Chris Jones & the Night Drivers, |
Made to Move
(Mountain Home, 2017)
Besides being the leader of a bluegrass band, Chris Jones is a writer within the genre, and I don't mean only a songwriter. He contributes a column to the online magazine Bluegrass Today, his rich humor and broad general knowledge always in evidence. Much as I love bluegrass, I have observed that such erudition is not exactly omnipresent among genre practitioners.
On Made to Move he and the Night Drivers (a fittingly witty name) offer up a dozen cuts with their patented neo-traditional approach. Jones's instantly recognizable lead baritone vocals won't be confused with just any bluegrass singer's. If it's important to you, and I know from long experience that it is to some, rest assured: you can indeed understand every single word. As always, the material, half of which Jones either wrote or co-wrote, is pretty decent, though I wish that someone of his manifest intelligence would more often rise above the tried-and-true tropes of romance and heartbreak. Yet it is also true that he communicates love songs better than most.
Not that anything here is less than pleasurable listening, and sometimes it's more than that, as in the compelling gospel "Sleeping Through the Storm," co-composed with Night Driver bassist Jon Weisberger. The first cut, the original "All the Ways I'm Gone," which first hints at a bluegrass reimagining of Chuck Berry's "Memphis" (such exist, by the way), immediately grabs the attention. It holds it with a succession of nicely turned similes which keep the narrative from lapsing into honey-I'm-outta-here cliche.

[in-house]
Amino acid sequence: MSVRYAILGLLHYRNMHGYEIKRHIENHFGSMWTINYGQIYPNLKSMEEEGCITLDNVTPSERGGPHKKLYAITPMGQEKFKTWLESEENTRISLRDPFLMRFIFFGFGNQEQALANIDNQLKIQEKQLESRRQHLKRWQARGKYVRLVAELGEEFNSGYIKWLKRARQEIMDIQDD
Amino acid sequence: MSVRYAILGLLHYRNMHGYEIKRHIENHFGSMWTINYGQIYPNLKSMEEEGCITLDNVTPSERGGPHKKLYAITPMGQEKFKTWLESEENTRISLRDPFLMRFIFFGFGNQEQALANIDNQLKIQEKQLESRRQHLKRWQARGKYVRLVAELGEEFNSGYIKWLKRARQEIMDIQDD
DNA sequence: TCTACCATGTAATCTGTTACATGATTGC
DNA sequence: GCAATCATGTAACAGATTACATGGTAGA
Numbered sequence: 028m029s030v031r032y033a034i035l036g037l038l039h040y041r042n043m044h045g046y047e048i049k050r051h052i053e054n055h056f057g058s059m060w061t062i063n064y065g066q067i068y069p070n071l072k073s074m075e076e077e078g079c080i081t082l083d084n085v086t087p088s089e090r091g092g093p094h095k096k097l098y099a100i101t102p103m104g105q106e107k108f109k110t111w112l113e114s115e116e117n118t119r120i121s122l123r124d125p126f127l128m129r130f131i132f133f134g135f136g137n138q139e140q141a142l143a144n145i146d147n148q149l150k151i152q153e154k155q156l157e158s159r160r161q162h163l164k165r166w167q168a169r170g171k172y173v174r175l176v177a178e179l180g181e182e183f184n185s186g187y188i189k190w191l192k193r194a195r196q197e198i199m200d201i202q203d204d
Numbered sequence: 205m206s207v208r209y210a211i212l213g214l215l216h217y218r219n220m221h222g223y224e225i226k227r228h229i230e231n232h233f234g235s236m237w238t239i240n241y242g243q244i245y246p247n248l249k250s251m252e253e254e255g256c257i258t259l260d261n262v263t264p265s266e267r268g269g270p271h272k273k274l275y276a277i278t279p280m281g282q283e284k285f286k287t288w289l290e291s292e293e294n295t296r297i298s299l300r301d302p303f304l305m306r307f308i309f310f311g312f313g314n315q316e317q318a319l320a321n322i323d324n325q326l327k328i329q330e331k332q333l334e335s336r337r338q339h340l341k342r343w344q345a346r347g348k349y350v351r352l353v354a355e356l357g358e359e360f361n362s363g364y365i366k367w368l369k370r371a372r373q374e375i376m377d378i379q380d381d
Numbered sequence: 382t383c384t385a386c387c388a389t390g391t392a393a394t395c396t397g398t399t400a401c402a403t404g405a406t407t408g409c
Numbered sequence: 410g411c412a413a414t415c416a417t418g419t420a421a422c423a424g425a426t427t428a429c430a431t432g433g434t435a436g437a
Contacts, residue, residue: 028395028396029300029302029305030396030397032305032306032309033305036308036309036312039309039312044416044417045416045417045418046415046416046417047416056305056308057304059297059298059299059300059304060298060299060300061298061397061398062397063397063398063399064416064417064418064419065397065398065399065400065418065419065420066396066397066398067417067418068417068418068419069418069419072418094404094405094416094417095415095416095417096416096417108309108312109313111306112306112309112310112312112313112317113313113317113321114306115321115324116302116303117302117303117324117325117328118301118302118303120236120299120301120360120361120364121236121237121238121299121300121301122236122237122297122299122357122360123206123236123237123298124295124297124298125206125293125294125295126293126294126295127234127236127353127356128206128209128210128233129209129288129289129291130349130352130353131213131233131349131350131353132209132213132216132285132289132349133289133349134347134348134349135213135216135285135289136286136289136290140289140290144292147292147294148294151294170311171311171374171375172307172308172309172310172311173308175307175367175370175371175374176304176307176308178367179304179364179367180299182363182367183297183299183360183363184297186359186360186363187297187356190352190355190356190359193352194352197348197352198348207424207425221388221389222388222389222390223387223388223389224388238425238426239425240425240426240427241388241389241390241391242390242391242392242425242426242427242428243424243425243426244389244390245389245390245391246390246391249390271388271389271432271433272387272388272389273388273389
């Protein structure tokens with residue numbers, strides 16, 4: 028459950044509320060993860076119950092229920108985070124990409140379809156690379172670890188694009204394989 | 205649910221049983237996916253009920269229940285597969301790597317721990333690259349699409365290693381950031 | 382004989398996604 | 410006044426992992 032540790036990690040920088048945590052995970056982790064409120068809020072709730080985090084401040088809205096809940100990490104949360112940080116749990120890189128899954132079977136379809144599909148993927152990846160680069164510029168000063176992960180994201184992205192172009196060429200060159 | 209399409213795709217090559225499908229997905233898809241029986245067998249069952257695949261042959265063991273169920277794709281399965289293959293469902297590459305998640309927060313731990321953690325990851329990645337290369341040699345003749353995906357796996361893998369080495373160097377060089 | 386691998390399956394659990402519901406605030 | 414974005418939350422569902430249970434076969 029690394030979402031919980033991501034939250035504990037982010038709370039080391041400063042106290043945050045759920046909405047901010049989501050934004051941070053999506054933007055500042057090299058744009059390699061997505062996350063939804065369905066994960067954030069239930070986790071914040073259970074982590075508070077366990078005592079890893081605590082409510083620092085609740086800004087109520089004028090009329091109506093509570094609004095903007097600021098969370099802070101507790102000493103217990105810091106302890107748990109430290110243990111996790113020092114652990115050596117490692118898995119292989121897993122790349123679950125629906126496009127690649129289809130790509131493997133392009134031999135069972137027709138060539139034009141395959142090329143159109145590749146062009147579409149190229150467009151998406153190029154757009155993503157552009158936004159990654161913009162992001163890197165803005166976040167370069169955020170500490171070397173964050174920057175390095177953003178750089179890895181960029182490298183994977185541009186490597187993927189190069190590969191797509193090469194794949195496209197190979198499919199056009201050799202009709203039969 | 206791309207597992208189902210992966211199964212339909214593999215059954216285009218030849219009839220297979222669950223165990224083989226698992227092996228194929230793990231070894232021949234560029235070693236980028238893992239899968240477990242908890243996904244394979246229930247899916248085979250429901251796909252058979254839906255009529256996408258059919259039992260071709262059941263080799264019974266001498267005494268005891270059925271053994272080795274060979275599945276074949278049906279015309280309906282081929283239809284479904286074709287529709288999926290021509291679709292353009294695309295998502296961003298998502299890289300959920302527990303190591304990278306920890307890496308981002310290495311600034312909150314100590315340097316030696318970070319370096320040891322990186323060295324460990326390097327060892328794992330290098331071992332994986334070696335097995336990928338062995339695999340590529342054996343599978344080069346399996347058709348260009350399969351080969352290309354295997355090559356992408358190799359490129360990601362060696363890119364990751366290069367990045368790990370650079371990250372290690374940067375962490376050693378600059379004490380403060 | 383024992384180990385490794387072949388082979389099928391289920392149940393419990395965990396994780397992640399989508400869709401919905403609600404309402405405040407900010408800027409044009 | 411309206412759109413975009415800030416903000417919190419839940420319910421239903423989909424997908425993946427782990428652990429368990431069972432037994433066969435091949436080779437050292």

Bill Browning's "Dark Hollow" was a ubiquitous presence in the repertoire when I started listening to bluegrass in a concentrated way, more years ago than I care to confess to. Even then, I understood that it owed more than a little to an Appalachian folk song ("East Virginia"), with Browning's lyrics standing alongside the traditional ones. In the years since, though I've never tired of it, till now just about every iteration hasn't seemed all that distinct from the first I heard, which was Larry Sparks'. While remaining true to its durable spirit, Jones and compatriots reshape it to fresh and deeper meaning, with unusually focused attention to the story and strikingly soulful instrumental interludes -- Jones's guitar is magnificent -- as well as a concluding verse I hadn't heard before.
A tip of the hat, too, to the Drivers. Besides Weisberger, they're Gina Clowes (banjo) and Mark Stoffel (mandolin), and they're a crisp and precise outfit that serves the songs and tunes without a second's worth of excess. You have to be good to play bluegrass and expect anybody to listen to (or record) you, of course. Even so, the musicality of the Night Drivers shines as vividly as a bright headlight on a dark country highway.
music review by
11 March 2017
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